Sometimes reorganizing debts is unachievable and the business has no choice but to close its doors. Here, too, there are options. The obvious course is to use Chapter 7 of the bankruptcy code. Any assets without a corresponding lien are put in the hands of a trustee, who supervises their sale. The trustee then distributes the proceeds among the creditors. (See File Chapter 7 Bankruptcy.)

However, there is an alternate path businesses in this situation may want to consider. An "assignment for the benefit of creditors," or ABC, enables the business to sell its assets itself, which can bring distinct benefits to both the ownership and its creditors. The state has marginal oversight over the process, but generally affords the company significant leeway in the liquidation process.

Having greater control is a potential plus for business owners because they can give extra attention to debts for which they’re personally liable. This is particularly important in the case of sole proprietorships and partnerships, where the owners are responsible for the firm’s liabilities.

It’s often a good deal for the creditors, as well. Those managing the business understand its assets and the market for those assets better than a trustee. They may be able to secure a better sale price when they’re in charge of the process. An ABC also costs creditors less time and money than a bankruptcy, so they may see it as a favorable solution.

Unlike bankruptcies, ABCs come under state law. As such, the rules vary from one part of the country to another. In some states this approach is rather common, whereas ABCs are rare in others. A qualified bankruptcy attorney will know the statutes where you live and be able to provide appropriate counsel.  

Selling the Business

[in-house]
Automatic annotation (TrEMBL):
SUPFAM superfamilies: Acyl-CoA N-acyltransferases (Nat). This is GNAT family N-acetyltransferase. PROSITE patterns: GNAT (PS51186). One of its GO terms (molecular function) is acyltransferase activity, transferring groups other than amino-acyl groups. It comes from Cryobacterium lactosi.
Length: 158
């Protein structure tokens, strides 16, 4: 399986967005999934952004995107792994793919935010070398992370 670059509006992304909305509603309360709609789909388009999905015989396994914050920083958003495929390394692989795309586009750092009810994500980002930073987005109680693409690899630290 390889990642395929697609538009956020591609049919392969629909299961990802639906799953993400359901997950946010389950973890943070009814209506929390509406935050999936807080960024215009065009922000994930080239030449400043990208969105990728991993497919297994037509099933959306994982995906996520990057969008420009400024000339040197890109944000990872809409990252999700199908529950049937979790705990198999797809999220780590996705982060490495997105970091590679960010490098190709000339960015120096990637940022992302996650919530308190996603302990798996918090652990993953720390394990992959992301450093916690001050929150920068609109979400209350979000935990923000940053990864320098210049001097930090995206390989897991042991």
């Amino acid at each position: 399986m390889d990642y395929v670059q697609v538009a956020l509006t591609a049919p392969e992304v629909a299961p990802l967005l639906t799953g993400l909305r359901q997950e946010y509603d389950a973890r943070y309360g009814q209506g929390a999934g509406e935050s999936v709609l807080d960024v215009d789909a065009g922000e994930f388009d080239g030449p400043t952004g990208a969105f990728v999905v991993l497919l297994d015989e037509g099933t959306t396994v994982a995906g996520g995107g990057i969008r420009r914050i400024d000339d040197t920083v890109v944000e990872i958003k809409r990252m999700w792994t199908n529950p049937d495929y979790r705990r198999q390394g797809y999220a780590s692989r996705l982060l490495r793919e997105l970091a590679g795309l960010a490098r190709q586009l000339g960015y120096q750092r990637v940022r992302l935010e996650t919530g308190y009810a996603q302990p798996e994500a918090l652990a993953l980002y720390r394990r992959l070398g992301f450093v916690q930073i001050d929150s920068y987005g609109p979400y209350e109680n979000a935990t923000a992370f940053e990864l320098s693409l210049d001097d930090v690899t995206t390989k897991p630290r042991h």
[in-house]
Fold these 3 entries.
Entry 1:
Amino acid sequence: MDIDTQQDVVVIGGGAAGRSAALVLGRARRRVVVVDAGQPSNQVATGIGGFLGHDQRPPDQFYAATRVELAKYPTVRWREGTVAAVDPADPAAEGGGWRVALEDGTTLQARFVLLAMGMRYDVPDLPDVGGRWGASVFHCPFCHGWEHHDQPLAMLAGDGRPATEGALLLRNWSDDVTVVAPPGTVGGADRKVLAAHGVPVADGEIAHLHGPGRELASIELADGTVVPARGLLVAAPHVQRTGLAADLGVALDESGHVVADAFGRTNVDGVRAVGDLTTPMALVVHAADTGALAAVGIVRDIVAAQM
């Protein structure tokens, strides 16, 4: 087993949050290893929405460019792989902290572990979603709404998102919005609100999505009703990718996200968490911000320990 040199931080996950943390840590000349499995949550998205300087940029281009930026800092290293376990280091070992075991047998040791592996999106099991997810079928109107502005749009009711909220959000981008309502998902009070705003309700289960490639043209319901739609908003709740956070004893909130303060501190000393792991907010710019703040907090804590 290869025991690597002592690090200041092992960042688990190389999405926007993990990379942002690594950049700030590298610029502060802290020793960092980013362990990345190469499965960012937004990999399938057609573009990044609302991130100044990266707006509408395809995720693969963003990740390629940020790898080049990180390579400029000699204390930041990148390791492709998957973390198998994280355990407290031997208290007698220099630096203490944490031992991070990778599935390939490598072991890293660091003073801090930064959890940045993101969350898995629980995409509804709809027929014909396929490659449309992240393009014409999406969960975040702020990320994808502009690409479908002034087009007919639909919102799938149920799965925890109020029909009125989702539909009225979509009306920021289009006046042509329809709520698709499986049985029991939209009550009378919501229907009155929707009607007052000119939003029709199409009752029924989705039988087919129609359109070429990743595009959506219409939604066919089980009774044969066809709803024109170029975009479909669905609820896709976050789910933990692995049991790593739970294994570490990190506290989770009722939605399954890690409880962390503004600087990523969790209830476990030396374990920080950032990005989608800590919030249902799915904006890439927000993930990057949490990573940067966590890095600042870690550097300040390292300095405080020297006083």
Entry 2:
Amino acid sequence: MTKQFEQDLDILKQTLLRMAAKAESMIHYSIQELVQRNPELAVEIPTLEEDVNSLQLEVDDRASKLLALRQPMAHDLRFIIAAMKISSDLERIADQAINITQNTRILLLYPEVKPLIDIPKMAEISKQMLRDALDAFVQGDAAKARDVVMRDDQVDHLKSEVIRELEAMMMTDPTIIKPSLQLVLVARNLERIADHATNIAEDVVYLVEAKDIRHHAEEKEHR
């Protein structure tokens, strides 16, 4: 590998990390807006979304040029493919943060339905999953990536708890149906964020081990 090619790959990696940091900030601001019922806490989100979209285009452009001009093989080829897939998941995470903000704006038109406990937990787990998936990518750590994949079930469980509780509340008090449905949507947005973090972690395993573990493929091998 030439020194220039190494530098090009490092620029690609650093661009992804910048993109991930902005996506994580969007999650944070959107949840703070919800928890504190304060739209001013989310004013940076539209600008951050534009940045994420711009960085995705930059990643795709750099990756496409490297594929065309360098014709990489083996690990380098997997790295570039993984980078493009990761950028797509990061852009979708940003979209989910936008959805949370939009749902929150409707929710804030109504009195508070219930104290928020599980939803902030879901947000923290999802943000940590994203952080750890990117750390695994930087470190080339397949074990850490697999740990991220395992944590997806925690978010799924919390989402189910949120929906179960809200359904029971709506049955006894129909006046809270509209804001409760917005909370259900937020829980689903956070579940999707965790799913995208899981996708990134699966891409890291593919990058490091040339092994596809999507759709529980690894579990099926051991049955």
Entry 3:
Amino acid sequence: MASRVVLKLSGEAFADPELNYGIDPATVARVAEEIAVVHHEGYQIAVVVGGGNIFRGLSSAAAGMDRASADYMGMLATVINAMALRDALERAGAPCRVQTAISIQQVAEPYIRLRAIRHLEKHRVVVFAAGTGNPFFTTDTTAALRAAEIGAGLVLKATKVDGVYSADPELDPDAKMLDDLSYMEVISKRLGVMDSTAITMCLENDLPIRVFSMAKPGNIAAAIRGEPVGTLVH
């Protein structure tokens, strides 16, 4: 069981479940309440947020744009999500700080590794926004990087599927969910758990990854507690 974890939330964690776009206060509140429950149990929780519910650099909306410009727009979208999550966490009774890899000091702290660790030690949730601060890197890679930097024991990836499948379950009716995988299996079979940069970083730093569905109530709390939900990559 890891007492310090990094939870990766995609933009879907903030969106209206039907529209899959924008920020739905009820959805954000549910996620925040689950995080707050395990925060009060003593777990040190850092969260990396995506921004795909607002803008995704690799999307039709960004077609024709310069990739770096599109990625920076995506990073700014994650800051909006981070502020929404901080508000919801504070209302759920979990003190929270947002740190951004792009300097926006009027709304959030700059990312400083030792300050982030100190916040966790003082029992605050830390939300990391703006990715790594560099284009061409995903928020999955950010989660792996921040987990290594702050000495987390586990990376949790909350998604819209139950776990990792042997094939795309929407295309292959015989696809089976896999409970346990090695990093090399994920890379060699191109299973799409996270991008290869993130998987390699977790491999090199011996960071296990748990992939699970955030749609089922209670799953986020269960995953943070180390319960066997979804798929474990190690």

Some businesses are worth more than the sum of their assets. This is especially true of companies that have a strong brand or a loyal customer base, but happen to go through hard times for whatever reason. If that’s the case, think about selling the entire business rather than shedding its assets individually.

Keep in mind that this is no easy task for an organization that suddenly can’t pay its creditors. Yet there are investors who specialize in buying distressed business they believe can be turned around. Take, for example, a local grocery chain known for its superb product quality that happened to expand too quickly. The right buyer might find the capital to keep the company afloat while it pares back less profitable locations.  

Some companies choose to work with a business broker whose job is to facilitate such transactions. The better brokers will be able to identify the most likely buyers and manage negotiations if a party shows interest in the company. It’s no sure thing that you’ll find a willing buyer, but it may be worth a shot if you’re convinced the firm has enduring value.

The Bottom Line

Any business that finds itself in a tough spot financially should think through the alternatives to bankruptcy. A knowledgeable bankruptcy attorney will be able to look at the relevant issues for your organization and explain the pros and cons of each option.